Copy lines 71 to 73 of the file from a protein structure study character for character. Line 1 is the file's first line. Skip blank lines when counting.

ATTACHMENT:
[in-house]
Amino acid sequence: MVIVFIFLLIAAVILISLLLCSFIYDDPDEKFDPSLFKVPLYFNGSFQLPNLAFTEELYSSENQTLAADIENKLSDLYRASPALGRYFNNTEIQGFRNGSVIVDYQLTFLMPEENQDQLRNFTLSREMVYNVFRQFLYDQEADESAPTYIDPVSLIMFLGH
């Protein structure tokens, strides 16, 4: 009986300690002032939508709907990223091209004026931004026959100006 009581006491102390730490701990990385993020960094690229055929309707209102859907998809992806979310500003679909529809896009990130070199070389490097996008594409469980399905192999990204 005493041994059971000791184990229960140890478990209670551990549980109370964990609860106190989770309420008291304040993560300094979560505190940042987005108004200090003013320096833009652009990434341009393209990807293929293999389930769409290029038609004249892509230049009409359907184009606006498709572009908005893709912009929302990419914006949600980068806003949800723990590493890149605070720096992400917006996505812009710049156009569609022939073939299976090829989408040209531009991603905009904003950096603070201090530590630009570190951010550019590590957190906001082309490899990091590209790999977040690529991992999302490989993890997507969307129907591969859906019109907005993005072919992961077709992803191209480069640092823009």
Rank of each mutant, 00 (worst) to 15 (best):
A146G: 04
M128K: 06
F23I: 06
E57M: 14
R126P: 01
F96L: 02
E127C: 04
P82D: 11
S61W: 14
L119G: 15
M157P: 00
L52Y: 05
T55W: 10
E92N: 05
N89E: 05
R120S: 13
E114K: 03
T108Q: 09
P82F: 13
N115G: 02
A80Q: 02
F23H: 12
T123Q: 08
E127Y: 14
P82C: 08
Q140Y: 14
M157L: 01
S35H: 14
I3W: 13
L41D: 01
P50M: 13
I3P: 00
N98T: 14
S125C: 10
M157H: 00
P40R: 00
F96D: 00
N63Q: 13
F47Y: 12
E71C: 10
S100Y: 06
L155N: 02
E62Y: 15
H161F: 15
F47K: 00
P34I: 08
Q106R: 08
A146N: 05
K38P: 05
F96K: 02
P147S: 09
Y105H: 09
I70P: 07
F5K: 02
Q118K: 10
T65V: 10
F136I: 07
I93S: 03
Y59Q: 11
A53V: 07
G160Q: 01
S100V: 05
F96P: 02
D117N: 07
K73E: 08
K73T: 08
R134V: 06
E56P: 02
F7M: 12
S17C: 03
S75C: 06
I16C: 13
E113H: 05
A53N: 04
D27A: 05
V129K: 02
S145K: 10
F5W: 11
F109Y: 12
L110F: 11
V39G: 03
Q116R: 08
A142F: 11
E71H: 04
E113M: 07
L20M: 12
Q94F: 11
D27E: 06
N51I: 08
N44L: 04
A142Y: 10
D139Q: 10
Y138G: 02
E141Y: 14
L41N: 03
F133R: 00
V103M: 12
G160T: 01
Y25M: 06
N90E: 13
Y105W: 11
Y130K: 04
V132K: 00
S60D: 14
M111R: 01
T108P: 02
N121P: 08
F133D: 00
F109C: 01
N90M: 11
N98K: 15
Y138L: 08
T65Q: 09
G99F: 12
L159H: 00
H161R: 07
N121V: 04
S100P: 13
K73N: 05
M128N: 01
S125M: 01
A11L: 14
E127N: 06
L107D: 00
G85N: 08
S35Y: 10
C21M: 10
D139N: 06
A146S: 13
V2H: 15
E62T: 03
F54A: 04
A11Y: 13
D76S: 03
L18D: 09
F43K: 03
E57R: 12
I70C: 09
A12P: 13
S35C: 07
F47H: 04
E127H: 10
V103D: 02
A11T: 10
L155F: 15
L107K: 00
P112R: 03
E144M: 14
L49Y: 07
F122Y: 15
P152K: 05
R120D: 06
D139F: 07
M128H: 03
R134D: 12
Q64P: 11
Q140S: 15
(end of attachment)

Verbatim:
R134V: 06
E56P: 02
F7M: 12